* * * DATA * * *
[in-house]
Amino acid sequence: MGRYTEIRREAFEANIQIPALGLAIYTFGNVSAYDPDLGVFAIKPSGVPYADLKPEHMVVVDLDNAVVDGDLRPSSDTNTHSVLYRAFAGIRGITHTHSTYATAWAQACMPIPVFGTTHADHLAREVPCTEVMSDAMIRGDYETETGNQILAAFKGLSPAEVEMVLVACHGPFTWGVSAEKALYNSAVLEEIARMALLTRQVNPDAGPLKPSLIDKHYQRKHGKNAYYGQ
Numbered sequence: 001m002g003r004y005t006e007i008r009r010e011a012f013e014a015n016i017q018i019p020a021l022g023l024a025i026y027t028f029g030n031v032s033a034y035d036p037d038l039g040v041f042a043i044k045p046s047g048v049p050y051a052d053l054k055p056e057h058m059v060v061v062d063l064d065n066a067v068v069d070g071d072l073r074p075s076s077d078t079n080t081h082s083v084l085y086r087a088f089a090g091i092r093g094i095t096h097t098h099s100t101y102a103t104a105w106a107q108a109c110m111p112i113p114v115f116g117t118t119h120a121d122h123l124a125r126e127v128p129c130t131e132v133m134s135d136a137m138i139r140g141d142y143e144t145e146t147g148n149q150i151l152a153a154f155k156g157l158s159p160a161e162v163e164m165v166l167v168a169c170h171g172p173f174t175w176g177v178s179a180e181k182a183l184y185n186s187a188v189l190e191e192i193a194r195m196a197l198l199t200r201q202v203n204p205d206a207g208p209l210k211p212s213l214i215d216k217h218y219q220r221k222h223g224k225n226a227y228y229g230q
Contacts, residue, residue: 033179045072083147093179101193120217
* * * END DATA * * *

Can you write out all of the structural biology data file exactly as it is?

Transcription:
[in-house]
Amino acid sequence: MGRYTEIRREAFEANIQIPALGLAIYTFGNVSAYDPDLGVFAIKPSGVPYADLKPEHMVVVDLDNAVVDGDLRPSSDTNTHSVLYRAFAGIRGITHTHSTYATAWAQACMPIPVFGTTHADHLAREVPCTEVMSDAMIRGDYETETGNQILAAFKGLSPAEVEMVLVACHGPFTWGVSAEKALYNSAVLEEIARMALLTRQVNPDAGPLKPSLIDKHYQRKHGKNAYYGQ
Numbered sequence: 001m002g003r004y005t006e007i008r009r010e011a012f013e014a015n016i017q018i019p020a021l022g023l024a025i026y027t028f029g030n031v032s033a034y035d036p037d038l039g040v041f042a043i044k045p046s047g048v049p050y051a052d053l054k055p056e057h058m059v060v061v062d063l064d065n066a067v068v069d070g071d072l073r074p075s076s077d078t079n080t081h082s083v084l085y086r087a088f089a090g091i092r093g094i095t096h097t098h099s100t101y102a103t104a105w106a107q108a109c110m111p112i113p114v115f116g117t118t119h120a121d122h123l124a125r126e127v128p129c130t131e132v133m134s135d136a137m138i139r140g141d142y143e144t145e146t147g148n149q150i151l152a153a154f155k156g157l158s159p160a161e162v163e164m165v166l167v168a169c170h171g172p173f174t175w176g177v178s179a180e181k182a183l184y185n186s187a188v189l190e191e192i193a194r195m196a197l198l199t200r201q202v203n204p205d206a207g208p209l210k211p212s213l214i215d216k217h218y219q220r221k222h223g224k225n226a227y228y229g230q
Contacts, residue, residue: 033179045072083147093179101193120217